It’s important to bear in mind that even with a high-performance machine, if your target has a large number of sub-domains, your wordlist is likely to be very large. Here, I’m using a 4-Core VPS with 8GB RAM.

Apple :

root@scw-eloquent-jennings:~# subfinder -d -all -o apple.txt
[INF] Found 36437 subdomains for in 10 minutes 195 milliseconds
root@scw-eloquent-jennings:~# puredns resolve apple.txt --resolvers resolvers.txt --resolvers-trusted resolvers-trusted.txt --write apple_resolved.txt
root@scw-eloquent-jennings:~# wc -l apple_resolved.txt
19320 apple_resolved.txt

Subfinder detects around 36,000 domains; after resolution with PureDNS, 19320 remain. I was unable to generate a wordlist with either AlterX or Regulator, the former freezes after a while and doesn’t seem to do anything, while the second crashes.

Ford :

root@scw-thirsty-wiles:~# subfinder -d -all -o ford.txt
[INF] Found 27181 subdomains for in 30 seconds 317 milliseconds
root@scw-thirsty-wiles:~# puredns resolve ford.txt --resolvers resolvers.txt --resolvers-trusted resolvers-trusted.txt --write ford_resolved.txt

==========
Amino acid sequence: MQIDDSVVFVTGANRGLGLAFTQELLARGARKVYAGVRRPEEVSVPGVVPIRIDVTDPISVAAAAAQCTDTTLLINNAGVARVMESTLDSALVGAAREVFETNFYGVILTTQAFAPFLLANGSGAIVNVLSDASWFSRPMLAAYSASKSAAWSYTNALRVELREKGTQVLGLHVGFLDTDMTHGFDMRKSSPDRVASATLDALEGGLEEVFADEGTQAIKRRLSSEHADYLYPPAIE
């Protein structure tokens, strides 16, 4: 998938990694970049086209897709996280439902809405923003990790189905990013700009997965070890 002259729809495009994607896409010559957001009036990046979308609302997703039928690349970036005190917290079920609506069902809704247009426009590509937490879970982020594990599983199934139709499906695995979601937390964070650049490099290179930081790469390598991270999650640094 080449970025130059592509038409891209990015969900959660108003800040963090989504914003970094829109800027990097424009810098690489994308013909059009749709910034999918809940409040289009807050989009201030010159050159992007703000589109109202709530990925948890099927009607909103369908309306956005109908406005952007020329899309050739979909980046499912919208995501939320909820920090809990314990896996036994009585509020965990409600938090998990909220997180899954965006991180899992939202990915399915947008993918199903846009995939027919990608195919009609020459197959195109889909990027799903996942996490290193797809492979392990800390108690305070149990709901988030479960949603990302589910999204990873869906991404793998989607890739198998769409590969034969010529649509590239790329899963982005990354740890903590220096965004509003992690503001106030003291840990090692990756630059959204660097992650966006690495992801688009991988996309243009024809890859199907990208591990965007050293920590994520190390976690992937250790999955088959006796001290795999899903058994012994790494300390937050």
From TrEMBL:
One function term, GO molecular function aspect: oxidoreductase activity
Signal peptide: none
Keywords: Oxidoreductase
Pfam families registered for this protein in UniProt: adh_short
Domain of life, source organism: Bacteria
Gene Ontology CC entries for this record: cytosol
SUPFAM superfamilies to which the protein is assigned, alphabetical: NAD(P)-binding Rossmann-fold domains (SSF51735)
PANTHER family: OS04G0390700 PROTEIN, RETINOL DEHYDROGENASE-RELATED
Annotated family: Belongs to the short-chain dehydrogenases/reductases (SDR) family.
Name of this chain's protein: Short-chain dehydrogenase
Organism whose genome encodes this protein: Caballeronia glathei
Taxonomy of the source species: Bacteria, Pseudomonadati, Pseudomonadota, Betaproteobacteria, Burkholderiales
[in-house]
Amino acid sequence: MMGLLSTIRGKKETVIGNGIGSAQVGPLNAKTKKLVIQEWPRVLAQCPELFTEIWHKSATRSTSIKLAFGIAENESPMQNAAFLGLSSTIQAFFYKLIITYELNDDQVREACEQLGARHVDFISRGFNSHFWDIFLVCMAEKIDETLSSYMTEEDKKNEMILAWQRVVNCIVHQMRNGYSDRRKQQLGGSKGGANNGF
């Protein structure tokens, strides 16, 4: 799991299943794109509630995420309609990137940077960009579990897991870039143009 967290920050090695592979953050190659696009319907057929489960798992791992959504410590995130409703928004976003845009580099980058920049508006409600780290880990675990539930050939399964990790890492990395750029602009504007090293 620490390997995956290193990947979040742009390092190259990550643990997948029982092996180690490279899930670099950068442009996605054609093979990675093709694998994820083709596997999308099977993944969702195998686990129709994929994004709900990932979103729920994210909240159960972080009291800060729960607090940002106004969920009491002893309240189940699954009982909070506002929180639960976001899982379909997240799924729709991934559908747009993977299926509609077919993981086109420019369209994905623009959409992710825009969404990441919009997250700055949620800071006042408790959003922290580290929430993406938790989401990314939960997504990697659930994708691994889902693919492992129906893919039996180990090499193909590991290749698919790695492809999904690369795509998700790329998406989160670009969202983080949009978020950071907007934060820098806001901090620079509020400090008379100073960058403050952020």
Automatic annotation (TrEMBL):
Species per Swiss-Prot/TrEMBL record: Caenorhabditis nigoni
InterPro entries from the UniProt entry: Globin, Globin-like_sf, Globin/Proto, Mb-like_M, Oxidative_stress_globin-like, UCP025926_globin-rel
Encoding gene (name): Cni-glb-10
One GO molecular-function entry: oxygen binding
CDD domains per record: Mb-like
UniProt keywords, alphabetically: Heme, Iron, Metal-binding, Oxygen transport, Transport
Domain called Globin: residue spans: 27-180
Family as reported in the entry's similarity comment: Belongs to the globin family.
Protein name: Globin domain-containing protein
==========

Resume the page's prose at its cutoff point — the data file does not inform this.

root@scw-thirsty-wiles:~# wc -l ford_resolved.txt
8996 ford_resolved.txt

Subfinder detects around 27,000 domains; after resolution with PureDNS, 8996 remain. Same as Apple, I was unable to generate a wordlist with either AlterX or Regulator, the former freezes after a while and doesn’t seem to do anything, while the second crashes.

Sony :

root@scw-thirsty-wiles:~# subfinder -d -all -o sony.txt
[INF] Found 14708 subdomains for in 30 seconds 432 milliseconds
root@scw-thirsty-wiles:~# puredns resolve sony.txt --resolvers resolvers.txt --resolvers-trusted resolvers-trusted.txt --write sony_resolved.txt
root@scw-thirsty-wiles:~# wc -l sony_resolved.txt
2462 sony_resolved.txt
root@scw-thirsty-wiles:~# alterx -l sony_resolved.txt -enrich -o alterx_sony.txt
[INF] Generated 37096251 permutations in 527.1128s
root@scw-thirsty-wiles:~# du -h alterx_sony.txt
1.3G	alterx_sony.txt

Subfinder detects around 15,000 domains; after resolution with PureDNS, 2462 remain. This time we managed to generate a wordlist with AlterX in 527 seconds, and the wordlist is 1.3GB in size ! I did the same test for Sony, albeit with a 2core / 2Gb VPS, and in this case, as with Apple & Ford, AlterX remains blocked.


The right solution doesn’t exist: it depends on what you want to do, and how comprehensive you want your results to be.
Generally speaking, however, for automation purposes, the bruteforce + permutations combo with AlterX seems to me to be a good compromise, although you should make sure that your VPS is powerful enough.